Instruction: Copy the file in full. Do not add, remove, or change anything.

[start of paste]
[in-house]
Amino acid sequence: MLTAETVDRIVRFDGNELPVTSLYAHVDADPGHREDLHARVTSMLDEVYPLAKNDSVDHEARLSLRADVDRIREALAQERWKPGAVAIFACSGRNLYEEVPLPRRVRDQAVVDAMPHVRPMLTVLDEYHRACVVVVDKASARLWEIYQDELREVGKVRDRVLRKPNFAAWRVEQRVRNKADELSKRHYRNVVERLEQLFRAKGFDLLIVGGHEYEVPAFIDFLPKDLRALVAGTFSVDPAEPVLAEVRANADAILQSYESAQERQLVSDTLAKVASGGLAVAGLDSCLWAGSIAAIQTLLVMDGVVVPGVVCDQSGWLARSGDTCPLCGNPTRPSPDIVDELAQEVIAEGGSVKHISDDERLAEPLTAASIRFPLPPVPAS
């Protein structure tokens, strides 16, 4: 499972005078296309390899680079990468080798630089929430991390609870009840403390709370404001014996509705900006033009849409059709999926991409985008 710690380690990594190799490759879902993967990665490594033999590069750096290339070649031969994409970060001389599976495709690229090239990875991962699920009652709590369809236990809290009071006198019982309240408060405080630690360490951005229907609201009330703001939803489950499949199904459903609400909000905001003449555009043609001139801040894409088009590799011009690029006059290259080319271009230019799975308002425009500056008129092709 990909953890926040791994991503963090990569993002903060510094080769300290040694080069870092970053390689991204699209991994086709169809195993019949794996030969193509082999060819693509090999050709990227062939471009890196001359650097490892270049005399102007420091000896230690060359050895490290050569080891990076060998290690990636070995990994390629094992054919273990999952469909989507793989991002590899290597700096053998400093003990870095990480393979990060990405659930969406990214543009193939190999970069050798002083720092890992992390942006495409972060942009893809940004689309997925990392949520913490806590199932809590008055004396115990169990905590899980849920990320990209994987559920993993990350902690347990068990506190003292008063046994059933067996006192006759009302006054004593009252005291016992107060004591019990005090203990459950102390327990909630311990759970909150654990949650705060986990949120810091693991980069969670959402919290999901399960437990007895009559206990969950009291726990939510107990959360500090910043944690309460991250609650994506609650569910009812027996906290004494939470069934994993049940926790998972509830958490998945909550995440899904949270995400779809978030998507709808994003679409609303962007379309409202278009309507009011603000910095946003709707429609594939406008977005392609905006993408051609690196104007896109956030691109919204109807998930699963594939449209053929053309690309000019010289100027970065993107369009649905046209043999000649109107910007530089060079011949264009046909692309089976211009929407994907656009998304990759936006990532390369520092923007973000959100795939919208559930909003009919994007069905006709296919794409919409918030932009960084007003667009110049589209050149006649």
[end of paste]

[in-house]
Amino acid sequence: MLTAETVDRIVRFDGNELPVTSLYAHVDADPGHREDLHARVTSMLDEVYPLAKNDSVDHEARLSLRADVDRIREALAQERWKPGAVAIFACSGRNLYEEVPLPRRVRDQAVVDAMPHVRPMLTVLDEYHRACVVVVDKASARLWEIYQDELREVGKVRDRVLRKPNFAAWRVEQRVRNKADELSKRHYRNVVERLEQLFRAKGFDLLIVGGHEYEVPAFIDFLPKDLRALVAGTFSVDPAEPVLAEVRANADAILQSYESAQERQLVSDTLAKVASGGLAVAGLDSCLWAGSIAAIQTLLVMDGVVVPGVVCDQSGWLARSGDTCPLCGNPTRPSPDIVDELAQEVIAEGGSVKHISDDERLAEPLTAASIRFPLPPVPAS
């Protein structure tokens, strides 16, 4: 499972005078296309390899680079990468080798630089929430991390609870009840403390709370404001014996509705900006033009849409059709999926991409985008 710690380690990594190799490759879902993967990665490594033999590069750096290339070649031969994409970060001389599976495709690229090239990875991962699920009652709590369809236990809290009071006198019982309240408060405080630690360490951005229907609201009330703001939803489950499949199904459903609400909000905001003449555009043609001139801040894409088009590799011009690029006059290259080319271009230019799975308002425009500056008129092709 990909953890926040791994991503963090990569993002903060510094080769300290040694080069870092970053390689991204699209991994086709169809195993019949794996030969193509082999060819693509090999050709990227062939471009890196001359650097490892270049005399102007420091000896230690060359050895490290050569080891990076060998290690990636070995990994390629094992054919273990999952469909989507793989991002590899290597700096053998400093003990870095990480393979990060990405659930969406990214543009193939190999970069050798002083720092890992992390942006495409972060942009893809940004689309997925990392949520913490806590199932809590008055004396115990169990905590899980849920990320990209994987559920993993990350902690347990068990506190003292008063046994059933067996006192006759009302006054004593009252005291016992107060004591019990005090203990459950102390327990909630311990759970909150654990949650705060986990949120810091693991980069969670959402919290999901399960437990007895009559206990969950009291726990939510107990959360500090910043944690309460991250609650994506609650569910009812027996906290004494939470069934994993049940926790998972509830958490998945909550995440899904949270995400779809978030998507709808994003679409609303962007379309409202278009309507009011603000910095946003709707429609594939406008977005392609905006993408051609690196104007896109956030691109919204109807998930699963594939449209053929053309690309000019010289100027970065993107369009649905046209043999000649109107910007530089060079011949264009046909692309089976211009929407994907656009998304990759936006990532390369520092923007973000959100795939919208559930909003009919994007069905006709296919794409919409918030932009960084007003667009110049589209050149006649």